Laurelville Old Time Fireman’s Festival

TODAY THROUGH SATURDAY – 86th Annual Fireman’s Old Time Festival in Laurelville; entertainment, rides, fish fry, parade all in the streets of Laurelville

FRIDAY – Talent Show at 5:30pm; Black Water Run bluegrass band at 8pm; midway opens at 6:30pm.

SATURDAY – baby contest at 10am; kid’s big wheel race at noon; midway “matinee” from 1 to 5pm – all rides are one price; Queen’s Tea at 3pm; Adelphi Community Band at 4:30pm; Grand Parade at 6pm; Ohio’s most expensive cake auction at 9pm; square dancing at 9:45pm; Rt 56 & 180 in Laurelville.

We love the fish fry and will visit for multiple meals. And the local church ladies have a pie booth with the best pies ever. Buy by the slice or a whole pie.

Visit us on facebook

Marsh Hollow has a page on facebook now. I’ve been having a good time with the whole facebook thing (connecting with friends and family) and decided Marsh Hollow needed to be up to date too. Since the page is only 2 days old, there’s not much there, but hopefully we collect some fans and reviews. Click on the picture below to see what it’s all about.

Marsh Hollow
Marsh Hollow: Your Hocking Hills Vacation Log Cabin's Facebook Page

There’s No Place Like Home Dog Boarding/Day Care

There’s No Place Like Home offers a great alternative to standard dog boarding, specifically a lot of attention and personalized services, and all in the beautiful Hocking Hills.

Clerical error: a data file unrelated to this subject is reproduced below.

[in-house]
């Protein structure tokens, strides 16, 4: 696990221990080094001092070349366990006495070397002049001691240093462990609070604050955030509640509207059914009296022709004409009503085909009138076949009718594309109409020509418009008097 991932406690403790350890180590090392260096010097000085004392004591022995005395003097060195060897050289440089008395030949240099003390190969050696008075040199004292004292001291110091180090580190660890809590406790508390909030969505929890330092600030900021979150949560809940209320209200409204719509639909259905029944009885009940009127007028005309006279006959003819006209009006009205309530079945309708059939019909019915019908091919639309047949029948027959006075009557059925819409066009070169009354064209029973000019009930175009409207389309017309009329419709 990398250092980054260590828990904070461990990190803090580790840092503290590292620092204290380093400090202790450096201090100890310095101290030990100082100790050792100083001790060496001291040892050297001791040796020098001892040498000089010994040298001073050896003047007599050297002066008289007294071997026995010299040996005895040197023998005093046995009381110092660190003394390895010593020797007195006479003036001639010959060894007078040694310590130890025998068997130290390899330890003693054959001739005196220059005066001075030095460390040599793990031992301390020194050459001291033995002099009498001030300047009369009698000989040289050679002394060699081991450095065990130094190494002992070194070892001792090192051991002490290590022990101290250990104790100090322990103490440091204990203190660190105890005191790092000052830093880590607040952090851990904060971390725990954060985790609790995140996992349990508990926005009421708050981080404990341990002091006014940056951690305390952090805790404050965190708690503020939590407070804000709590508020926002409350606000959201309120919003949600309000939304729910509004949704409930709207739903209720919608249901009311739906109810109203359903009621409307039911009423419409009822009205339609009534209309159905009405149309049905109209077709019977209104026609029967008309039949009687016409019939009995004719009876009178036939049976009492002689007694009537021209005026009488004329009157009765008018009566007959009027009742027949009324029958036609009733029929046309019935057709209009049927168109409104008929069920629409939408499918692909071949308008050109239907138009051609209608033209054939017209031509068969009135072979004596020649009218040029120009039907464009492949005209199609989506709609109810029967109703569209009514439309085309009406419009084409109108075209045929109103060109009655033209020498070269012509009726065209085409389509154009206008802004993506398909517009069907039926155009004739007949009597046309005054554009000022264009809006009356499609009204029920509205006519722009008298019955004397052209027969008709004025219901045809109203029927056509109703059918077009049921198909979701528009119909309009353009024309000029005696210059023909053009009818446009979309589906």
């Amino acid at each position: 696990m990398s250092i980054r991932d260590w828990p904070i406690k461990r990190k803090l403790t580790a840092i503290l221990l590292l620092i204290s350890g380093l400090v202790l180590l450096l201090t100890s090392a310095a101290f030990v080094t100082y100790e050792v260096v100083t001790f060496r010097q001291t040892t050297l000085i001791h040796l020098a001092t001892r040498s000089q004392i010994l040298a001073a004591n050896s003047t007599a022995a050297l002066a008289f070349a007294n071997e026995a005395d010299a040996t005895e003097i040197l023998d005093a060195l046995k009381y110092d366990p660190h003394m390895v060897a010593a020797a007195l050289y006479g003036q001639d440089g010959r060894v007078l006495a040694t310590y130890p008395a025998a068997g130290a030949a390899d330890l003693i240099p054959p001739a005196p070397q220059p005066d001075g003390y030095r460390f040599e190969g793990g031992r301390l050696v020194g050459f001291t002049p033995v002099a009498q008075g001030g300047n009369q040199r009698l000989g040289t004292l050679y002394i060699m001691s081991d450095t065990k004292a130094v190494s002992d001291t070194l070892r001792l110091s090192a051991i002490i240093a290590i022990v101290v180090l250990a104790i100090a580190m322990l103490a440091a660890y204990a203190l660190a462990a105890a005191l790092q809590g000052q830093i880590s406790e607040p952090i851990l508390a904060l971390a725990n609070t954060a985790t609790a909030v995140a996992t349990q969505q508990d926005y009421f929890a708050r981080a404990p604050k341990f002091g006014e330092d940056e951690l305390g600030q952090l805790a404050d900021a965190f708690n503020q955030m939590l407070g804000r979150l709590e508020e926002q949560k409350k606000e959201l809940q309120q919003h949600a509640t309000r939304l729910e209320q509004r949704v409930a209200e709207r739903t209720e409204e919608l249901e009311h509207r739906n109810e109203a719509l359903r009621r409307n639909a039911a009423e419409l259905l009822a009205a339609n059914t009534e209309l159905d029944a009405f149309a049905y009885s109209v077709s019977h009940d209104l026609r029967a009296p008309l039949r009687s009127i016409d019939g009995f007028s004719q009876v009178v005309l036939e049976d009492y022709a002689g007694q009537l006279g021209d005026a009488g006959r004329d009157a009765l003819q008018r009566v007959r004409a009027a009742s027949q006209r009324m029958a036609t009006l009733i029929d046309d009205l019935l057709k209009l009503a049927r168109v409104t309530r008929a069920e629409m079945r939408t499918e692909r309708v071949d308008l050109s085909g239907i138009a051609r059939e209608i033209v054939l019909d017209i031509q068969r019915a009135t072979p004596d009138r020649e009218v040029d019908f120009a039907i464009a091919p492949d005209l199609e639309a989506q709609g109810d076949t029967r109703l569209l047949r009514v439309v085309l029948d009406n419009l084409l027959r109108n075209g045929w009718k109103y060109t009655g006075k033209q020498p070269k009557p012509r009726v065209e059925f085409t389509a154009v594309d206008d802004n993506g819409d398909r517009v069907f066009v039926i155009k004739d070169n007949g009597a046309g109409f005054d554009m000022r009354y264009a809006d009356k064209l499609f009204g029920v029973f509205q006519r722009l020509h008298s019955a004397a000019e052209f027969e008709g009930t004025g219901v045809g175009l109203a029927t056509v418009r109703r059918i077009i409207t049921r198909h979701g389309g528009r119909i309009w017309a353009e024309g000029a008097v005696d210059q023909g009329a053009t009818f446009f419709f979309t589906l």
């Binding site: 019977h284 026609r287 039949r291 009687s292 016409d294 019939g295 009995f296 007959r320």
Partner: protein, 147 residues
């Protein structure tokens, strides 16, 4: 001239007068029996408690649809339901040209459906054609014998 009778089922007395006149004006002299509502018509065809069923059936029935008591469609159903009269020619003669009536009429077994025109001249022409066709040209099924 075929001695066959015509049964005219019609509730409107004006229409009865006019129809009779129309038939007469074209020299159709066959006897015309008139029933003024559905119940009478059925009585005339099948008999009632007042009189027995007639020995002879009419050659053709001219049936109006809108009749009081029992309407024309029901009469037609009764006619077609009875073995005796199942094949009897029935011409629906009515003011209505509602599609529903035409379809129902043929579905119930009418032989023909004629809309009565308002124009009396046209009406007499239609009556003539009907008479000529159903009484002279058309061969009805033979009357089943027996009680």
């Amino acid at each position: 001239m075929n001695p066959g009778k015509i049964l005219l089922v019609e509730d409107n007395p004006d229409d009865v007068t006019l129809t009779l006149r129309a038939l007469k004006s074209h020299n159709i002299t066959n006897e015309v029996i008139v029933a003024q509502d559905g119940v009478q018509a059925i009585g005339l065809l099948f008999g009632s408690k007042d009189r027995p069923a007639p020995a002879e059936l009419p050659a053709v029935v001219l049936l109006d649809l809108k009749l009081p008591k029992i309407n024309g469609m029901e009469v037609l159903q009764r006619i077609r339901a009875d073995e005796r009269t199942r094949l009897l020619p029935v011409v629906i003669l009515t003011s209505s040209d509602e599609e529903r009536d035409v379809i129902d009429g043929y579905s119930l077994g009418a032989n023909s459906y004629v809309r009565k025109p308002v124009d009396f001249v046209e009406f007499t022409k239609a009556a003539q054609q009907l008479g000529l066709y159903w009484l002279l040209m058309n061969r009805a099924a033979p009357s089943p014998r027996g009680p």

Recently, Dave and I went on our own almost 2 week vacation. While our ancient dog, Juice, “boarded” with my son and daughter-in-law, we decided to board Mac & Bode at There’s No Place Like Home. Of course, I checked it out first and knew from the moment I met the proprietor, Anne, that the boys would be well cared for. The facility is located about 20 minutes from our home, and is even closer to U.S. 33. It includes a large outdoor playground with toys and structures to climb on, an indoor play area, as well as a separate room for the kennels. Mac & Bode were lucky enough to be assigned to the “family” kennel, which was definitely large enough for two large dogs (and Bode is extra-large).

When we picked them up at the end of their stay, there was none of the usual crazy excitement to get out of the kennel. They looked great and acted so normal you would never know they’d been in a kennel for 2 weeks. Of course, Anne and her husband gave them so much attention, it appears they didn’t even miss us. Plus, they got complimentary baths, which probably was not on either of their “must have” lists!

There’s No Place Like Home also offers dog day care. Both services, boarding and day care, are offered at several levels so you can choose as much attention that you want your dog to have. Prices vary for this.

If you are vacationing in the Hocking Hills, and don’t have a pet friendly cabin like Marsh Hollow, No Place Like Home would be a great place to take your dog. You could keep Fido with you on the trails, then take him to the kennel for the night.

Visit for more information or e-mail Anne at

Yoga in the Hocking Hills